“Okay, so how can we describe Kenny’s brother Byron?” the teacher asked. The class had just started reading Christopher Paul Curtis’s amazing novel “The Watsons Go To Birmingham–1963.” They were in the middle of the first chapter, and the teacher paused to probe students’ understanding of the narrator Kenny’s too-cool-for-school brother, Byron.
Confused looks washed across the faces of the class, and students looked hopefully at the teacher. The teacher employed some 30 seconds of “wait time.” Smart. Students need that time to process their thoughts and break through the inevitable shyness that accompanies middle school. The students still remained silent.
Then a student raised his hand. Courageous. “I think he’s funny.”
The teacher frowned. “Hmm. Not really. Anyone else?”
In the middle of a lesson, a teacher, especially a novice teacher, has a thousand thoughts rushing through his or her mind. It’s like the pace of an NFL quarterback as they cycle through the planned play in their mind and the reality of how it’s actually playing out on the field. When a play doesn’t unravel as scripted, quarterbacks often have to scramble around to buy themselves a few extra seconds.
In the classroom, when student understanding breaks down, teachers can also scramble around to buy themselves a few extra seconds. In the above example, the teacher probably wanted the students to say something like, “Byron is a bully. He’s a bit arrogant, and he looks down on his family.”
That’s like asking for a wide-open receiver on every play. Ain’t likely to happen. Often, it’s hard to anticipate all the various responses students might provide. So what to do? Simple: restate every response. Every response.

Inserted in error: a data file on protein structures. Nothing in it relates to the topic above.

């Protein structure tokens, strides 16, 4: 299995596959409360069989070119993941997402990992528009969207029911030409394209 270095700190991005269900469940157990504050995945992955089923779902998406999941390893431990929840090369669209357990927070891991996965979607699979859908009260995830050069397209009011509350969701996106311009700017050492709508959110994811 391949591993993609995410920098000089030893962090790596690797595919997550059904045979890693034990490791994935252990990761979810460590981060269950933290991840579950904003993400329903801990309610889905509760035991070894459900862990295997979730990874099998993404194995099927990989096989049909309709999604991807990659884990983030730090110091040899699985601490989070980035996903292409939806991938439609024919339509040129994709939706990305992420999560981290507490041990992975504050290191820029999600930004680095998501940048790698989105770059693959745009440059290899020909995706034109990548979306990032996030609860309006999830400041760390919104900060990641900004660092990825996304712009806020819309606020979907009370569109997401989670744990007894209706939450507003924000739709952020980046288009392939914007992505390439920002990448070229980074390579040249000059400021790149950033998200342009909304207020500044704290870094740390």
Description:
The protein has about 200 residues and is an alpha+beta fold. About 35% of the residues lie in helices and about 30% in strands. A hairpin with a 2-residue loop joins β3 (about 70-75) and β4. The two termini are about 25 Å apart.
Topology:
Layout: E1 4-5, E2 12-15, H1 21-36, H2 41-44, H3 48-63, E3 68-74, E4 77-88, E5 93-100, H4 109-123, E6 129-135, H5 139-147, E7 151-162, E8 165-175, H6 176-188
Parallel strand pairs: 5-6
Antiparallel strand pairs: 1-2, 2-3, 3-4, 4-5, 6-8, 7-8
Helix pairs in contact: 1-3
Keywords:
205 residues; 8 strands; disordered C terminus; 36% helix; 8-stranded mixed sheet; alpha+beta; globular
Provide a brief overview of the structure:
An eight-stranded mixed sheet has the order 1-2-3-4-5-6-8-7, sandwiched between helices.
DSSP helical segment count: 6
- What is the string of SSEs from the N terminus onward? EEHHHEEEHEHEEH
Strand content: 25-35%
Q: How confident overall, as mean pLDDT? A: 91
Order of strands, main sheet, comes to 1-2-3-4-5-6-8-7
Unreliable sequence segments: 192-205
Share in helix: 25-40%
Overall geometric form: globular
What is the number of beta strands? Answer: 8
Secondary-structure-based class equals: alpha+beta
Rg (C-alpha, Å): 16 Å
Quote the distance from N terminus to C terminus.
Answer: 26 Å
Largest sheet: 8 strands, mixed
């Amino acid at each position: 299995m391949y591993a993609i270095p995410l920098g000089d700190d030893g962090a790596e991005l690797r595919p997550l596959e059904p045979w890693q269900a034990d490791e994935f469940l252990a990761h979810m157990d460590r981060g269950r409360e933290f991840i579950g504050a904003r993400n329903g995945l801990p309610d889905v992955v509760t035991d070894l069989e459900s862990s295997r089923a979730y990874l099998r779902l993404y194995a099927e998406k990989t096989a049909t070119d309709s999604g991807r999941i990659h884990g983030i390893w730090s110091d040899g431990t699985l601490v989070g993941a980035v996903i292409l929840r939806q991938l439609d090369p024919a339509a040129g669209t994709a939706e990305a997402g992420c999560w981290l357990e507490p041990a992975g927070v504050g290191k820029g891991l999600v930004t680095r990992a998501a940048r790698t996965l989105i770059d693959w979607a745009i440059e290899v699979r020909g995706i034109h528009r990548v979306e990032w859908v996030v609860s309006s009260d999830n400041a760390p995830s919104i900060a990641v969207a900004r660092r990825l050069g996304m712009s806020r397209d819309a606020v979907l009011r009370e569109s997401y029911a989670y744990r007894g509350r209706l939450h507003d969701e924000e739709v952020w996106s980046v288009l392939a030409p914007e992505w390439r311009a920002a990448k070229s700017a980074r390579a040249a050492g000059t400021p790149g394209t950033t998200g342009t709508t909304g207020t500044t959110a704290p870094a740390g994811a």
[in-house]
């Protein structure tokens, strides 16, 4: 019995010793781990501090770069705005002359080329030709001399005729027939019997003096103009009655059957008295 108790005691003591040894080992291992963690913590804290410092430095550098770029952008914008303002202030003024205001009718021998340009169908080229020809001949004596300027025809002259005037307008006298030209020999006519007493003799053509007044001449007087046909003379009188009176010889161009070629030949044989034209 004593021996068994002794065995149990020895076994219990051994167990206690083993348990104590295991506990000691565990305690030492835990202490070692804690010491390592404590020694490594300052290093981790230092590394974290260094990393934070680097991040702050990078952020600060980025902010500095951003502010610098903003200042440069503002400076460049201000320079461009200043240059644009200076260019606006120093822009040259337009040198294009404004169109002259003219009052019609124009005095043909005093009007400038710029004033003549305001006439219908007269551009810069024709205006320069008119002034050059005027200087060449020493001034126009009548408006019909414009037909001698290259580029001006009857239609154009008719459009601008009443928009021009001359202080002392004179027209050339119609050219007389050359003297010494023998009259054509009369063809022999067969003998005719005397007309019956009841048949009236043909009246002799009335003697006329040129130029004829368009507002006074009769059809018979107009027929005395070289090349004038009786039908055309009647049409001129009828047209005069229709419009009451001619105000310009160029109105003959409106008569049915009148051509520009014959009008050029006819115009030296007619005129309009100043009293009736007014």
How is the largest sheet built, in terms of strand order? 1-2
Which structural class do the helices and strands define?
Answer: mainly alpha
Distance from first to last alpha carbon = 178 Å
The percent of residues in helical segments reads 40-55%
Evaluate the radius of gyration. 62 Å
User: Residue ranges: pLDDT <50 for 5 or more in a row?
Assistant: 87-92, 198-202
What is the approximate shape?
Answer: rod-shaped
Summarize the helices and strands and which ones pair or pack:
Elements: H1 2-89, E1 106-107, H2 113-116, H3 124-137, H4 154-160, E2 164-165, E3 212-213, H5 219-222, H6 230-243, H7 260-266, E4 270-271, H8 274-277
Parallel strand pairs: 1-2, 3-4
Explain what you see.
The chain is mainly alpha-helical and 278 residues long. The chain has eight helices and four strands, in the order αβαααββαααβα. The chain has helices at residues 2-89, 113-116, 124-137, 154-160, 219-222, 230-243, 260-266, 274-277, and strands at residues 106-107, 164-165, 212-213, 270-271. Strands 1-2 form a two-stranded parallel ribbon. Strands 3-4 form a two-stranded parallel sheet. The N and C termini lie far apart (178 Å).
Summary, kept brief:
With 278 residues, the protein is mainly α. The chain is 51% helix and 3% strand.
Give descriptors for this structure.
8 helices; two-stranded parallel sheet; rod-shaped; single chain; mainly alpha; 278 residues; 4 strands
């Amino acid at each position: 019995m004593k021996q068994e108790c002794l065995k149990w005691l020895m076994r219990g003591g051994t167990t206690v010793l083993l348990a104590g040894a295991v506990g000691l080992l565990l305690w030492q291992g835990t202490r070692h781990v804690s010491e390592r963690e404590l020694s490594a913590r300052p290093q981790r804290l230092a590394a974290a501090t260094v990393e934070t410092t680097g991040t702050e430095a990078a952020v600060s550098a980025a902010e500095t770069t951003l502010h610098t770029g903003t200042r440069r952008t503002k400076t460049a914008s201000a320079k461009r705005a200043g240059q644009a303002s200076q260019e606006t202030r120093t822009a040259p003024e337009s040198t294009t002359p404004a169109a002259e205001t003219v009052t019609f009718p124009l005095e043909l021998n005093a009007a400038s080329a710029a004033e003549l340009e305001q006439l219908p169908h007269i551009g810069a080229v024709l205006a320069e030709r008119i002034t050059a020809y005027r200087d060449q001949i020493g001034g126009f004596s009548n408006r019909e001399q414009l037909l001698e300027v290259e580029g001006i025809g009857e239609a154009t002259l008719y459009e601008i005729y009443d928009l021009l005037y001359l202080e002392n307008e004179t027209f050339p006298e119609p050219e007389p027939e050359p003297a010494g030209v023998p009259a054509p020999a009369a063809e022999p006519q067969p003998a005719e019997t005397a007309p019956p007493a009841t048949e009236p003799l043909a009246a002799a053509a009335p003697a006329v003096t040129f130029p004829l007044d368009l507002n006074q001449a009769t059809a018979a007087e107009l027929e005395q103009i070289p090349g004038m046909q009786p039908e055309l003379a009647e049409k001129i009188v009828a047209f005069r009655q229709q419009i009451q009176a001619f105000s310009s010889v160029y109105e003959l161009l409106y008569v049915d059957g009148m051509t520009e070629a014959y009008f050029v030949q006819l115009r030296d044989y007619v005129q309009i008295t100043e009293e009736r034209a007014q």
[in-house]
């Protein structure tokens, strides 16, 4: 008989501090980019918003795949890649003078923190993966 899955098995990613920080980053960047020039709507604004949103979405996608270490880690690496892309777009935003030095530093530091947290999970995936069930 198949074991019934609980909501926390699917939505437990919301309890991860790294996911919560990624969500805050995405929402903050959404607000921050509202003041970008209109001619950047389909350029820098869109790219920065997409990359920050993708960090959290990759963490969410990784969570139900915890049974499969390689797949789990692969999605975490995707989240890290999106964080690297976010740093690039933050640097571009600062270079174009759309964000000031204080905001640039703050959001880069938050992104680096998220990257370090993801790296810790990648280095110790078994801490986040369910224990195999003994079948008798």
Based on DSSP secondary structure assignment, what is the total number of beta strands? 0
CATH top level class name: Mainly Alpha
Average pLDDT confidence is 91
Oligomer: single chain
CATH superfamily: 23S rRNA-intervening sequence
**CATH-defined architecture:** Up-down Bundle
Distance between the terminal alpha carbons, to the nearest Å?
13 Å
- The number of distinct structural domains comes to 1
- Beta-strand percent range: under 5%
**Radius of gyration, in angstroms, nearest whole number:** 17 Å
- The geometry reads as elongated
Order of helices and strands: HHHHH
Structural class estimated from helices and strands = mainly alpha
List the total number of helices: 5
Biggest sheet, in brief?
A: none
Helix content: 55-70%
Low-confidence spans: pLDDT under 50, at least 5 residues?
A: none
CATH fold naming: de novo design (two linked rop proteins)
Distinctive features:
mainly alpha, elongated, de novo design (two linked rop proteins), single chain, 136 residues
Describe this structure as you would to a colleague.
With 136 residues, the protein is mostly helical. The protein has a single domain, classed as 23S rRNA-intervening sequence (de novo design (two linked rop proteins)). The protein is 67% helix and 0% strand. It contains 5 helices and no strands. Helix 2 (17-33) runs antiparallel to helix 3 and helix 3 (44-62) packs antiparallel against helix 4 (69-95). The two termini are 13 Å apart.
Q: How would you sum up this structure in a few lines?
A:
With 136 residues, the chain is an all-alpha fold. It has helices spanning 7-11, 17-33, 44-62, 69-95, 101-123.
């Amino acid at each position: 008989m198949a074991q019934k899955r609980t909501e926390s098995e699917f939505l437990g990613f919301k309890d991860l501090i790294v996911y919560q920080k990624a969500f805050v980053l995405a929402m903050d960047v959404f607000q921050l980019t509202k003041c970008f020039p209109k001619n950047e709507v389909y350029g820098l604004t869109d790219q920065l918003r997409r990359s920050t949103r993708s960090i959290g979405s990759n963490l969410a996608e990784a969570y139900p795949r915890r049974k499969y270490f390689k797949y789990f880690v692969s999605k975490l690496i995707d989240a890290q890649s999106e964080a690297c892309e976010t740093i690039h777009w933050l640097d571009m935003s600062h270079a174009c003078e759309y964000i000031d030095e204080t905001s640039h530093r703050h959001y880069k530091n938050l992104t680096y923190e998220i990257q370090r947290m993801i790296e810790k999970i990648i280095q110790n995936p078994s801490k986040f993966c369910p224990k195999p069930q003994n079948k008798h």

The simple act of restating (also called “revoicing”) a student’s answer gives the teacher time to think about what to do next. It’s just a few seconds, but those few seconds can be invaluable in figuring out how the teacher will respond.
In the above example, it might have played out like this: “Ok, so you’re saying that Byron is funny. (pause: teacher is remembering that all answers must be backed up with text evidence) Can someone back up that inference with evidence from the text?”
Those extra few seconds can help teachers recall all kinds of great pedagogy: from having other students agree or disagree, to asking follow-up questions to identify the source of the misunderstanding. As an added benefit, they also allow the other students to process what has been said. That’s helpful if the next step is asking other students whether they agree or disagree with the previous response.
This habit is applicable across grades and subjects. Good teaching requires a wealth of these universal habits, from general management techniques to strategies for pushing students’ cognitive abilities. Over the next few weeks, we’ll offer up some simple, effective habits. But let’s start here: restating every response that students give.